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If You Drive a Car, or Know Someone Who Does, You Must Read This... By @BobGourley | @ThingsExpo #IoT
How can consumers help minimize vehicle cybersecurity risks?

Thanks to the professional, virtuous work of security researchers Chris Valasek and Charlie Miller and some fantastic reporting on this research by Andy Greenberg of Wired Magazine, we have long known that theoretical hacks against cars are no longer theoretical. They are real. Many connected cars can be hacked and they can be hacked from long distance. And the threats include threats to safety.

The publicity brought to these issues was incredibly important and helpful. Zero action would have occurred without it.

cars-vulerable

Now, almost a year after the research was initially published, the FBI, Department of Transportation and National Highway Traffic Safety Administration have issued a joint alert. This alert provides more background, discusses some of what the government does, and provides some tips to the driving public.

The full public service announcement is here: Motor Vehicles Increasingly Vulnerable To Remote Exploits

Here is an excerpt:

How can consumers help minimize vehicle cybersecurity risks?

1. Ensure your vehicle software is up to date
If a manufacturer issues a notification that a software update is available, it is important that the consumer take appropriate steps to verify the authenticity of the notification and take action to ensure that the vehicle system is up to date.

As a note of caution, if manufacturers regularly make software updates for vehicles available online, it is possible that criminals may exploit this delivery method. A criminal could send socially engineered e-mail messages to vehicle owners who are looking to obtain legitimate software updates. Instead, the recipients could be tricked into clicking links to malicious Web sites or opening attachments containing malicious software (malware). The malware could be designed to install on the owner’s computer, or be contained in the vehicle software update file, so as to be introduced into the owner’s vehicle when the owner attempts to apply the update via USB. Additionally, an attacker could attempt to mail vehicle owners USB drives containing a malicious version of a vehicle’s software. To mitigate potential risks, vehicle owners should always:

  • Verify any recall notices received by following the steps for determining whether a vehicle has been recalled for a vehicle cyber security issue, as outlined above.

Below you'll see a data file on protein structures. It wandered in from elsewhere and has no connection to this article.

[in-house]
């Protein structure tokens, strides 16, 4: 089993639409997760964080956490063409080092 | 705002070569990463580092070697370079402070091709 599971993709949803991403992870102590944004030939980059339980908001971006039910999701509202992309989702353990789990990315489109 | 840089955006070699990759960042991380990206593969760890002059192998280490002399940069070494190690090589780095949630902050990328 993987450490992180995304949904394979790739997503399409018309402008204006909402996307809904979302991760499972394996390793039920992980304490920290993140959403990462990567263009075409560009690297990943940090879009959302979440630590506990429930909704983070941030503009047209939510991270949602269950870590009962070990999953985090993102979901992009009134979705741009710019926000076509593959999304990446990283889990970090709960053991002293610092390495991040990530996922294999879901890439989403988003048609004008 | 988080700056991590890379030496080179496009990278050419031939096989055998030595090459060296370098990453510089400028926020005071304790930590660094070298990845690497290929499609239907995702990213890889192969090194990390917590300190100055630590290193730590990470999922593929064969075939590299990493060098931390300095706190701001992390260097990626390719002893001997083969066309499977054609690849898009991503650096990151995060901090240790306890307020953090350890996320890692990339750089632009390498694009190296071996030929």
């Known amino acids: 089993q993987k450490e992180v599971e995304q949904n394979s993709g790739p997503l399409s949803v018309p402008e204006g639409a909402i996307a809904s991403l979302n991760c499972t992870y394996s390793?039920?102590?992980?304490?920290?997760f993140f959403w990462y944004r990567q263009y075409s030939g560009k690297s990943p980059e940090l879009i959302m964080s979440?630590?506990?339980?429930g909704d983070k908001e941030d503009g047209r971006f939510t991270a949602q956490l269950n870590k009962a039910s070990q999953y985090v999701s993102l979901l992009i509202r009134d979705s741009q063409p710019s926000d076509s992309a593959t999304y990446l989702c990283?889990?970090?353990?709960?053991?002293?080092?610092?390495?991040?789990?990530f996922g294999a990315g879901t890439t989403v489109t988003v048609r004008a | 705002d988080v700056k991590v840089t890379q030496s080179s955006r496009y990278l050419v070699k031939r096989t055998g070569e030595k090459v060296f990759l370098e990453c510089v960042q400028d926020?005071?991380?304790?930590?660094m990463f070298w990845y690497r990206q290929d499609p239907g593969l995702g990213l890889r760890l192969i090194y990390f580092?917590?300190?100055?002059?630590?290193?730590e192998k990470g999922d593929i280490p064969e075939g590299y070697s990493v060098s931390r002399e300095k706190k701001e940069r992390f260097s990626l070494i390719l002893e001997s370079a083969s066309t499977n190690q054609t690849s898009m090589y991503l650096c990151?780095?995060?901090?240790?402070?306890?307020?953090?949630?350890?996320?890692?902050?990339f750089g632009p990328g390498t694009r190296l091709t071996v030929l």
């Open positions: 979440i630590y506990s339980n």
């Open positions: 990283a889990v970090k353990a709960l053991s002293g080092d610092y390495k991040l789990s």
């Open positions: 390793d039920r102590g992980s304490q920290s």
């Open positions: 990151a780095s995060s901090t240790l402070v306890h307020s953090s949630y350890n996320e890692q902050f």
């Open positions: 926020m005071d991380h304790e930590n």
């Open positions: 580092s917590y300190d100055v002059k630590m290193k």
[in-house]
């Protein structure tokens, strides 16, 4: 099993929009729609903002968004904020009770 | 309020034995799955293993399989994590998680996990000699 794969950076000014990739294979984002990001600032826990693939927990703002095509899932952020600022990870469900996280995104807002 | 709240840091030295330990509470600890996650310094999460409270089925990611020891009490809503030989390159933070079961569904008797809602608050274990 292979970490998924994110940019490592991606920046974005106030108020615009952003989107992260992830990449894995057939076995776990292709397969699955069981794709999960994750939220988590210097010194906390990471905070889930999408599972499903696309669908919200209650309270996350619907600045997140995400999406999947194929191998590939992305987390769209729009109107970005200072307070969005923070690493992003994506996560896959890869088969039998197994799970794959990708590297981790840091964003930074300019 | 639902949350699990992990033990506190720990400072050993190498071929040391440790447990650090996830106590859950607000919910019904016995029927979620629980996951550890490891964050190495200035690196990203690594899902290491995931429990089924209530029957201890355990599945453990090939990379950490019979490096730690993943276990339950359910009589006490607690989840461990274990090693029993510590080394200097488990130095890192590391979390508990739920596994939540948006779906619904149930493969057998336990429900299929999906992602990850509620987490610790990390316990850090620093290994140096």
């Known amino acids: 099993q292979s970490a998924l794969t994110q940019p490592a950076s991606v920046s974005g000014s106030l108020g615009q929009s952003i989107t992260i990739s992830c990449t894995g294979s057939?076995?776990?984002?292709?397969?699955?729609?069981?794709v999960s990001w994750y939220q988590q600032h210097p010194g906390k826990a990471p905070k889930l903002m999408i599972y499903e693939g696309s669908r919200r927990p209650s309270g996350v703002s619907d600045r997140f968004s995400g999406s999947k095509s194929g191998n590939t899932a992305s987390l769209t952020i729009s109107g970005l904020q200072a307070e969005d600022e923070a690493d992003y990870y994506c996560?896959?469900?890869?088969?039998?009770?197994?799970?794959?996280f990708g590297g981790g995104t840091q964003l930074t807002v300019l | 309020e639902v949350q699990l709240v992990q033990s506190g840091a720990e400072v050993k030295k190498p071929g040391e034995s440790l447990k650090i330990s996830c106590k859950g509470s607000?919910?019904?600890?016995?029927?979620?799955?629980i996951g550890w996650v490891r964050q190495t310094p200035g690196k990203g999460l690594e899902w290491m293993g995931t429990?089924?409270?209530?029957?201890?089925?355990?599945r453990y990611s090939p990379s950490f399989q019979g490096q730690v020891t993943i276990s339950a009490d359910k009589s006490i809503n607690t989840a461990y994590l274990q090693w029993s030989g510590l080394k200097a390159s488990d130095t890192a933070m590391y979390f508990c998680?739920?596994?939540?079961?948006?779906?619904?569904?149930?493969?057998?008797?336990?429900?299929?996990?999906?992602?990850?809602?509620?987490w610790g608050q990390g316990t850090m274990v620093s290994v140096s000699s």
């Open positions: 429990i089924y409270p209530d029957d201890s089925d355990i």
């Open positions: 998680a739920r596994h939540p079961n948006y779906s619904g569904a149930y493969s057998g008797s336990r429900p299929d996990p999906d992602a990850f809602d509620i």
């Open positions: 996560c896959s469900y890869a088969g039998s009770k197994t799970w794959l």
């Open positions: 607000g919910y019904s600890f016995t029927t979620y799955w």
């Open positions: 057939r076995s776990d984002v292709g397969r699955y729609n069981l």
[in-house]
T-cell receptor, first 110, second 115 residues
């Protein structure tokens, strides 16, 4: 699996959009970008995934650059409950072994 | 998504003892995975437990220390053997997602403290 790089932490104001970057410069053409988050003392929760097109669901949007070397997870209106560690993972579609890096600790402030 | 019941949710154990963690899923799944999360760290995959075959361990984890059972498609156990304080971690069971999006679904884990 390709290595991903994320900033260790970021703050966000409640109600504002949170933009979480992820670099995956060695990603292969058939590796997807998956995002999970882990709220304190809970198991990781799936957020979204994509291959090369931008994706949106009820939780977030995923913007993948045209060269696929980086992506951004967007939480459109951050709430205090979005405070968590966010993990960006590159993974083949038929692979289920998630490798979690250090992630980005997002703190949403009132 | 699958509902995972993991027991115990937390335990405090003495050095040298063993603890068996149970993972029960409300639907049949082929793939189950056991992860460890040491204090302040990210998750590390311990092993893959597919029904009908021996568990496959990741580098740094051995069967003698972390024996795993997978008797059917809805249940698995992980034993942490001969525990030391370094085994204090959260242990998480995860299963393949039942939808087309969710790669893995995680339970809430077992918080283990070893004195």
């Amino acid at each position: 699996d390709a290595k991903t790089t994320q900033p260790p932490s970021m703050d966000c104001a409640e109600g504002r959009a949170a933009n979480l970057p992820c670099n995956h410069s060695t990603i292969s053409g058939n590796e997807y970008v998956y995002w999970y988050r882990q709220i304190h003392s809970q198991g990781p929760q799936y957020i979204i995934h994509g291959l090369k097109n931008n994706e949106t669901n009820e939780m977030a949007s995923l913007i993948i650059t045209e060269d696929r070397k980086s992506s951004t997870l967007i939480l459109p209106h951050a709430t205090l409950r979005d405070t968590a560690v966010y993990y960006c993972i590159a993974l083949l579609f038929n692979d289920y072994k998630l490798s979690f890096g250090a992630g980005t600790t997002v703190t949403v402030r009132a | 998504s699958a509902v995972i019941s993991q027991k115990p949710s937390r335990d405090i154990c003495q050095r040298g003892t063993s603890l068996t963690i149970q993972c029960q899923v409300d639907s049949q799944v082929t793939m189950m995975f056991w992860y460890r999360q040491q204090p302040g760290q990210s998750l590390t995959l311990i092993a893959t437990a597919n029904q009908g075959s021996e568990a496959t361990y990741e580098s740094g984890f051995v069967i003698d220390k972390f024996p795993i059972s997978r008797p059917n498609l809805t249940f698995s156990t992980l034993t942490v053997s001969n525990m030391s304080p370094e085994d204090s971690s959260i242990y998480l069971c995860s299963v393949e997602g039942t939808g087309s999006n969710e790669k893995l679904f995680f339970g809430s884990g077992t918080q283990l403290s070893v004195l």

• Check on the vehicle manufacturer’s Web site to identify whether any software updates have been issued by the manufacturer.
  • Avoid downloading software from third-party Web sites or file-sharing platforms.
  • Where necessary, always use a trusted USB or SD card storage device when downloading and installing software to a vehicle.
  • Check with the vehicle dealer or manufacturer about performing vehicle software updates.

If uncomfortable with downloading recall software or using recall software mailed to you, call your dealer and make an appointment to have the work done by a trusted source.

2. Be careful when making any modifications to vehicle software
Making unauthorized modifications to vehicle software may not only impact the normal operation of your vehicle, but it may introduce new vulnerabilities that could be exploited by an attacker. Such modifications may also impact the way in which authorized software updates can be installed on the vehicle.

3. Maintain awareness and exercise discretion when connecting third-party devices to your vehicle
All modern vehicles feature a standardized diagnostics port, OBD-II, which provides some level of connectivity to the in-vehicle communication networks. This port is typically accessed by vehicle maintenance technicians, using publicly available diagnostic tools, to assess the status of various vehicle systems, as well as to test emissions performance. More recently, there has been a significant increase in the availability of third-party devices that can be plugged directly into the diagnostic port. These devices, which may be designed independent of the vehicle manufacturer, include insurance dongles and other telematics and vehicle monitoring tools. The security of these devices is important as it can provide an attacker with a means of accessing vehicle systems and driver data remotely.

While in the past accessing automotive systems through this OBD-II port would typically require an attacker to be physically present in the vehicle, it may be possible for an attacker to indirectly connect to the vehicle by

4. Be aware of who has physical access to your vehicle
In much the same way as you would not leave your personal computer or smartphone unlocked, in an unsecure location, or with someone you don’t trust, it is important that you maintain awareness of those who may have access to your vehicle.

To track the threat to cars as well as your home and business computers, sign up for ThreatBrief.com

Read the original blog entry...

About Bob Gourley
Bob Gourley writes on enterprise IT. He is a founder of Crucial Point and publisher of CTOvision.com

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